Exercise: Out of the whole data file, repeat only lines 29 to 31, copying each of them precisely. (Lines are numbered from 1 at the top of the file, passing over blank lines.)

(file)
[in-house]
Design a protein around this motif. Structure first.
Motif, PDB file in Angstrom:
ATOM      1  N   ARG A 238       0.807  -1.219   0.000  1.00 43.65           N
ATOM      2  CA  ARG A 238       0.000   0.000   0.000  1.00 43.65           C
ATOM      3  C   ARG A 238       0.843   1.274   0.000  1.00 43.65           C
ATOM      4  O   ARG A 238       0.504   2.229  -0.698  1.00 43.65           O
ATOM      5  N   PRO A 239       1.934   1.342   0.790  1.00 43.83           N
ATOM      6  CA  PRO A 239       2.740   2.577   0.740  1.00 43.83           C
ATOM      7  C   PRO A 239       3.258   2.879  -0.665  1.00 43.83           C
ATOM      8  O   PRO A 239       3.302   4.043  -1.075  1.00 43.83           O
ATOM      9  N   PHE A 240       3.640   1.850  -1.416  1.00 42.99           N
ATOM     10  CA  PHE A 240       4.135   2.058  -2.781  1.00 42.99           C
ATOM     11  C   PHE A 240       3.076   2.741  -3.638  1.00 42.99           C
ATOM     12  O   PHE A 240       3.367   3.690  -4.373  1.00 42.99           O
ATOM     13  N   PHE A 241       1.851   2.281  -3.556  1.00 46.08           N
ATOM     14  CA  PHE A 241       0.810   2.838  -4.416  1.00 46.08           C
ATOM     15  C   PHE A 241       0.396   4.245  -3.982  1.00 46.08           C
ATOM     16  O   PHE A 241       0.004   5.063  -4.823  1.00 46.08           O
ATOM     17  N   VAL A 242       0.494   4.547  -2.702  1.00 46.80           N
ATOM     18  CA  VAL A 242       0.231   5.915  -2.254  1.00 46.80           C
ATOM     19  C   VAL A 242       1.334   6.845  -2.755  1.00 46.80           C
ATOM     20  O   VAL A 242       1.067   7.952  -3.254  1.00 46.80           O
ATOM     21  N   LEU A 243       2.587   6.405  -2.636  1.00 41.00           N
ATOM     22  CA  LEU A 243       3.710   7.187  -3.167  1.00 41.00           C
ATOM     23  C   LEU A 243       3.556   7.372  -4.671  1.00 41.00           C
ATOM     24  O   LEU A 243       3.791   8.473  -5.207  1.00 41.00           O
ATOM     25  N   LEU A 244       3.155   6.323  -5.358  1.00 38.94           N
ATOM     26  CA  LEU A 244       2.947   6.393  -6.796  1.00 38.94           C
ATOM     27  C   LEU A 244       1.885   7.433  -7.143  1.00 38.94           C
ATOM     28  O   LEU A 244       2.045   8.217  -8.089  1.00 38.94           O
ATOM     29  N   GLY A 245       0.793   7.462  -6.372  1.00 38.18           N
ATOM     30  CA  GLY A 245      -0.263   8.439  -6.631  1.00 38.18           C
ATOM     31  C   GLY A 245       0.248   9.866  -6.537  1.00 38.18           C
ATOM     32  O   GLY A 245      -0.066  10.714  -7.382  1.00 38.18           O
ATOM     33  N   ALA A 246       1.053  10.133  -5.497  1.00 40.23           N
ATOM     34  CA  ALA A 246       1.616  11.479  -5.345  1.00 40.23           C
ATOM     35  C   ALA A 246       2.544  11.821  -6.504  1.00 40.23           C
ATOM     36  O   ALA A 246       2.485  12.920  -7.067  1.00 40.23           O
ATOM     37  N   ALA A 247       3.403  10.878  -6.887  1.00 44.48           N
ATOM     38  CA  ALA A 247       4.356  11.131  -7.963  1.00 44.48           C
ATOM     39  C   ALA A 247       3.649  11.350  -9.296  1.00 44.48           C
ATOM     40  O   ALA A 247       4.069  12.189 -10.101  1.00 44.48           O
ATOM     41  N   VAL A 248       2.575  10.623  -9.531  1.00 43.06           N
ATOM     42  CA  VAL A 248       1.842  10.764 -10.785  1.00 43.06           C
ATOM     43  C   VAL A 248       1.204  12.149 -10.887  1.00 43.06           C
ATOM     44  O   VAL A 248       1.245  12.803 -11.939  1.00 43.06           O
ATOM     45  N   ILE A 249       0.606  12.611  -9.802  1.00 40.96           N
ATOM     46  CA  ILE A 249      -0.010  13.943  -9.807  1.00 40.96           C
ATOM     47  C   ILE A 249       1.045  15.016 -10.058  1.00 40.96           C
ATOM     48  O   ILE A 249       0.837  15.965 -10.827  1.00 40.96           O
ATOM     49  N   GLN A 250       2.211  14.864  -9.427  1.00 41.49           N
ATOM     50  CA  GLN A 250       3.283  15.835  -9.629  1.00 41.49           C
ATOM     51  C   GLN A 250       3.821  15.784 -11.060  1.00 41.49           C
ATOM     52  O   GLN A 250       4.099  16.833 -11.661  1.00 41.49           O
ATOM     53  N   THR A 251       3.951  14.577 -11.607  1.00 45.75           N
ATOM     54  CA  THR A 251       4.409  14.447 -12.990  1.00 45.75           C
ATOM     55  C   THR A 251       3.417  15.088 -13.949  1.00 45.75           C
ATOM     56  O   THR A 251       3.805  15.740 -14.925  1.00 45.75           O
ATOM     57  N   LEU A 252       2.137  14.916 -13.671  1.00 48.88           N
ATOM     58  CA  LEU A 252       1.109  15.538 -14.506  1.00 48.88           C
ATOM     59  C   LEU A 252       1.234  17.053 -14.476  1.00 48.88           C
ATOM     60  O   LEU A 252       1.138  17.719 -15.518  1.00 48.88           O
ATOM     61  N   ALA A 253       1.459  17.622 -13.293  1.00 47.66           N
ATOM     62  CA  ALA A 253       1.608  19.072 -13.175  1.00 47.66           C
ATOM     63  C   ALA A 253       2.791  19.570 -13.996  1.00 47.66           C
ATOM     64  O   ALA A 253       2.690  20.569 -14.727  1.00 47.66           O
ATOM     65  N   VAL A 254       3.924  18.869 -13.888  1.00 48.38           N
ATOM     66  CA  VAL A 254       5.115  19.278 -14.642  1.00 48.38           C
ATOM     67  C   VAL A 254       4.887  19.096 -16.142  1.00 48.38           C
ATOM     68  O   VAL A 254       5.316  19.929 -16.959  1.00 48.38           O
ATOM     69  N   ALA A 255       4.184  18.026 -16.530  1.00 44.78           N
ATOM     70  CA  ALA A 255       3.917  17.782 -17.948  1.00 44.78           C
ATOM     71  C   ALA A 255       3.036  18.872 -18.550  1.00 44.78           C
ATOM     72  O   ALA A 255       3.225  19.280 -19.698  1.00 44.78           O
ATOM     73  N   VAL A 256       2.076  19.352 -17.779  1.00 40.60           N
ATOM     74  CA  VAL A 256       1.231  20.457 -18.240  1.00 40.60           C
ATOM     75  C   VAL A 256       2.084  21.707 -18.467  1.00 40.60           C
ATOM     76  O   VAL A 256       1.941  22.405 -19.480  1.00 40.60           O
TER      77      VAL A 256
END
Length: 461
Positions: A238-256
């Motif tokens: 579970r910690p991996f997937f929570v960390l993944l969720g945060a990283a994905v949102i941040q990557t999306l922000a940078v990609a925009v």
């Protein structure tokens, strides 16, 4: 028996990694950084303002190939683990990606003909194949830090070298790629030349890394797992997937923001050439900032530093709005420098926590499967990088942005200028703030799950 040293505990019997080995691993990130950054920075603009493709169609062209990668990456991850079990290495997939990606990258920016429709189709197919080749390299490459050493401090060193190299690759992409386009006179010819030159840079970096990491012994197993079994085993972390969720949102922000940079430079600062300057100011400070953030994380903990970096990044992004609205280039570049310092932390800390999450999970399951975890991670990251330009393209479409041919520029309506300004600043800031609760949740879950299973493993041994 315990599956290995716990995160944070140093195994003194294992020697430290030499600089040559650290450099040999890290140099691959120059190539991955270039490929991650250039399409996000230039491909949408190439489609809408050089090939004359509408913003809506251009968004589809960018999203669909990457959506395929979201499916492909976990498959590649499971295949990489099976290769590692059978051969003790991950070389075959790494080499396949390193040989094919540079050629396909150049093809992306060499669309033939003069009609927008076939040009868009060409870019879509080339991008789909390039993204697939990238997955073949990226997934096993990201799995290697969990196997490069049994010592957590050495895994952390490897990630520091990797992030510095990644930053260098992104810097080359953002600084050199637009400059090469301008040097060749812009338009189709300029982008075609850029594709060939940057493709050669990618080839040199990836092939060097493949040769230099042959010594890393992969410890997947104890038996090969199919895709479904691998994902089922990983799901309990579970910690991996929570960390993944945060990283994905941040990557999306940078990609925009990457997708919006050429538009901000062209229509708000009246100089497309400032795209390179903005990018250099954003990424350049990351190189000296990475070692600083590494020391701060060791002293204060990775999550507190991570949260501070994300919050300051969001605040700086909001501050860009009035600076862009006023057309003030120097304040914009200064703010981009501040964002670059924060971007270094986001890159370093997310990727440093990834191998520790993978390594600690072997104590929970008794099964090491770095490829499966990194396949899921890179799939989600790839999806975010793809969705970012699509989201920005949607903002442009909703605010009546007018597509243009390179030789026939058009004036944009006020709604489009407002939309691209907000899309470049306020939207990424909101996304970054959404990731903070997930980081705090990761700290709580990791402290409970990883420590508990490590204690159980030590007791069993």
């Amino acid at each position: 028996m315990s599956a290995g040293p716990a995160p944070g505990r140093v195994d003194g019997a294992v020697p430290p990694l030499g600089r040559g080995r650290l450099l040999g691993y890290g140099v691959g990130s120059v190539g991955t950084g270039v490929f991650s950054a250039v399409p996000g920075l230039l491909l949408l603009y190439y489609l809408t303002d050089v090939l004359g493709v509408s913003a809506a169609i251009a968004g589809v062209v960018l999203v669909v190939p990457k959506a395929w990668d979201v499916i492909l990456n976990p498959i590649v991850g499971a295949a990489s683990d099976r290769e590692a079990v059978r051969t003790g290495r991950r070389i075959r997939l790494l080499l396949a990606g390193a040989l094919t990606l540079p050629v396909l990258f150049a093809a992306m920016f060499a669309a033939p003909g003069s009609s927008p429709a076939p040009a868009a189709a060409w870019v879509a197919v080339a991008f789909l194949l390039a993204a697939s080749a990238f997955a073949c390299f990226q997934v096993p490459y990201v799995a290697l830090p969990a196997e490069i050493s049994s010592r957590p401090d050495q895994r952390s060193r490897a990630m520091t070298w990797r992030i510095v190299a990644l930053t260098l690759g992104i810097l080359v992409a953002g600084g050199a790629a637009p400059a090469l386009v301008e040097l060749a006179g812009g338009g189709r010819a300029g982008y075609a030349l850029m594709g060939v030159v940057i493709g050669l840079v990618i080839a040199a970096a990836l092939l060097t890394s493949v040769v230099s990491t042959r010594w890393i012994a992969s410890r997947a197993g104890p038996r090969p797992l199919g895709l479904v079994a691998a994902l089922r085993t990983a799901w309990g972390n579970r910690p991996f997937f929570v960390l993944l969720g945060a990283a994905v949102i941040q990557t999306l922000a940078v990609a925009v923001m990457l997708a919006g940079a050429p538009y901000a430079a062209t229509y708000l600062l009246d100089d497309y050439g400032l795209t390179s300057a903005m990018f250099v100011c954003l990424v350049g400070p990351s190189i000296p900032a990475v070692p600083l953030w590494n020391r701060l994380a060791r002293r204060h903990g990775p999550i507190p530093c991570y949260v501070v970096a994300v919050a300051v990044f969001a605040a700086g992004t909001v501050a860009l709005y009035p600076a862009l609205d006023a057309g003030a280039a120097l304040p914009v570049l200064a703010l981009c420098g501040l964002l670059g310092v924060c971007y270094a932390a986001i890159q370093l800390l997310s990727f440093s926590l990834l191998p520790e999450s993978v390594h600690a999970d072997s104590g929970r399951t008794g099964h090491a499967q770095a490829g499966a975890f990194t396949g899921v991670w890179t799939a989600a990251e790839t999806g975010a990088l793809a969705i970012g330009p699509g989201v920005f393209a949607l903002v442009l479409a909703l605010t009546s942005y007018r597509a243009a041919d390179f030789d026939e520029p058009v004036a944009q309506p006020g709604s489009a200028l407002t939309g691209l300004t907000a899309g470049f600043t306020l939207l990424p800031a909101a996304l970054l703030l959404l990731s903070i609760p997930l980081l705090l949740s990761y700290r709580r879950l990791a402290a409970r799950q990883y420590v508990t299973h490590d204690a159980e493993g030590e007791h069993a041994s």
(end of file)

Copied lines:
ATOM     26  CA  LEU A 244       2.947   6.393  -6.796  1.00 38.94           C
ATOM     27  C   LEU A 244       1.885   7.433  -7.143  1.00 38.94           C
ATOM     28  O   LEU A 244       2.045   8.217  -8.089  1.00 38.94           O